J. W. Hampton, Jr. & Co. v. United States

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J. W. Hampton, Jr. & Co. v. United States, 276 U.S. 394(1928), is a landmark[1][2] case in the United States in which the Supreme Court of the United States ruled that congressional delegation of legislative authority is an implied power of Congress that is constitutional so long as Congress provides an "intelligible principle" to guide the executive branch. This creates what is called the Nondelegation doctrine.


Justice Clarence Thomas offered a stinging rebuke of this intelligible principle in his written opinion in the Whitman v. American Trucking Assns., Inc. case[3][4]

In allowing congress to delegate its powers to the Executive Branch in violation of the principles of separation of power, the supreme court played an important role in the long term viability of the administrative state.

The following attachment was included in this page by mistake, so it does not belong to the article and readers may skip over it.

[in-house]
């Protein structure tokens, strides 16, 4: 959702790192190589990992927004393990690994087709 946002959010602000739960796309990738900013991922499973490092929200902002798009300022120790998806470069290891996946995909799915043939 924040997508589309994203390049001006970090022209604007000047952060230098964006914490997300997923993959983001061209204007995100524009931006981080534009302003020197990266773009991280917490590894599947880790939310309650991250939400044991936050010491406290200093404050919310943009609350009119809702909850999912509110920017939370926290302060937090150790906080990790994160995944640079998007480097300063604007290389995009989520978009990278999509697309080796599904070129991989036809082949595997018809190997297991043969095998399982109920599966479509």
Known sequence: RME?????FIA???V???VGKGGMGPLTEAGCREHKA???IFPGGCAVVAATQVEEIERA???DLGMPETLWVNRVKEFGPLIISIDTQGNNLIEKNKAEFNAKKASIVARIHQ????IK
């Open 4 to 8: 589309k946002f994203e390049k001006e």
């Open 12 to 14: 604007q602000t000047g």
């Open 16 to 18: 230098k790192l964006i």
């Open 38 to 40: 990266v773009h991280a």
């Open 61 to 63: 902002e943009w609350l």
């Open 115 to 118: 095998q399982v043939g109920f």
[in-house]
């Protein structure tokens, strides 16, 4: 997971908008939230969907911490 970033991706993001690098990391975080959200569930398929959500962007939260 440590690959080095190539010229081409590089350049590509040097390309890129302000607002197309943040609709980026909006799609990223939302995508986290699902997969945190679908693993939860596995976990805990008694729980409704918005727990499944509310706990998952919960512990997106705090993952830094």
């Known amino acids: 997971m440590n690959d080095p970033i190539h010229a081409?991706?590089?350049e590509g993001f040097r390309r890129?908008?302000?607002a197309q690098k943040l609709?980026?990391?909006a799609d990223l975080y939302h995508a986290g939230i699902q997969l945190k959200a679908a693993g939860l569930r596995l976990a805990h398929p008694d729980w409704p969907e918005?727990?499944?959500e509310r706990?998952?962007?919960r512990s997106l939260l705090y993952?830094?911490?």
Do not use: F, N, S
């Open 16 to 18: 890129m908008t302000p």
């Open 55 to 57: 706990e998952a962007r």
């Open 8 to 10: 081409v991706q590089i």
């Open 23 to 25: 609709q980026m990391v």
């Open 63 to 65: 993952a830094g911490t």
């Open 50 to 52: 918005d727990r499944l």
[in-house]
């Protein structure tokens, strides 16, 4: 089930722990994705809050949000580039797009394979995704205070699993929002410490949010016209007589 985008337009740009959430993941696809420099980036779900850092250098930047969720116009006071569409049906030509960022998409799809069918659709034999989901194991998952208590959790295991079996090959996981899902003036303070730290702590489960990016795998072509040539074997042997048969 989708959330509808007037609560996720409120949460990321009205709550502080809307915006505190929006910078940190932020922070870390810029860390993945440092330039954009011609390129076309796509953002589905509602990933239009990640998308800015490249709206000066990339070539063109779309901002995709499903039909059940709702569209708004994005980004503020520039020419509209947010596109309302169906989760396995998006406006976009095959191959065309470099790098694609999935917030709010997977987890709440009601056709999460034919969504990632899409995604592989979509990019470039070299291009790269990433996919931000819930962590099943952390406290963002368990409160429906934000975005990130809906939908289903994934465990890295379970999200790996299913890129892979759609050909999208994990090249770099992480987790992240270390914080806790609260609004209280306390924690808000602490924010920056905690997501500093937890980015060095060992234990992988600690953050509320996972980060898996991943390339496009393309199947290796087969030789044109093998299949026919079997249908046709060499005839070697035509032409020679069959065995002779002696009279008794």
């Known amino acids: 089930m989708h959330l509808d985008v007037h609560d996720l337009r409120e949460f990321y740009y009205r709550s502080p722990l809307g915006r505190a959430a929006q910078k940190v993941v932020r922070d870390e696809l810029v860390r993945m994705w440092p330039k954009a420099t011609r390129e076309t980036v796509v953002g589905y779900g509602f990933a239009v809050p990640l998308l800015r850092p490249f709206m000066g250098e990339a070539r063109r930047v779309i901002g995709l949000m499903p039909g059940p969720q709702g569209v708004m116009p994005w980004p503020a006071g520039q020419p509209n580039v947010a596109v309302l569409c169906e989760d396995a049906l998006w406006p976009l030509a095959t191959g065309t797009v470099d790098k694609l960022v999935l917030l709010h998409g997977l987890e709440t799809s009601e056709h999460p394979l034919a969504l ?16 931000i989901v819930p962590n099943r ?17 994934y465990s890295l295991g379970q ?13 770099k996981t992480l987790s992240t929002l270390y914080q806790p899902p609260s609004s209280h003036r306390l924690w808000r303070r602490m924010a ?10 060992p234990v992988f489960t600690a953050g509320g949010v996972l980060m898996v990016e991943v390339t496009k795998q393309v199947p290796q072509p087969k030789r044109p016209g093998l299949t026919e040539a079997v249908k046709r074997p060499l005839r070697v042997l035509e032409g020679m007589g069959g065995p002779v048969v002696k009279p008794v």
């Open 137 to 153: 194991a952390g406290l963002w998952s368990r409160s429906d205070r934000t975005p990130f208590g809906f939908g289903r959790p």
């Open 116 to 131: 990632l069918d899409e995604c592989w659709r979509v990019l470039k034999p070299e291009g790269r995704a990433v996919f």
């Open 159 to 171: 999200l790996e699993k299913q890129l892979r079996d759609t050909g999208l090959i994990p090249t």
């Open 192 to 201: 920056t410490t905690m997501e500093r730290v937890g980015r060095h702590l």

1. [1], In Mistretta v. United States, the Court refers to J. W. Hampton as landmark.
  2. (2001) American Constitutional Law: Powers and Liberties. Aspen Law & Business, 416. 
  3. Volokh, Sasha. Justice Thomas delivers what he promised on February 27, 2001. Washington Post.
  4. Whitman v. American Trucking Assns., Inc. (February 27, 2001).

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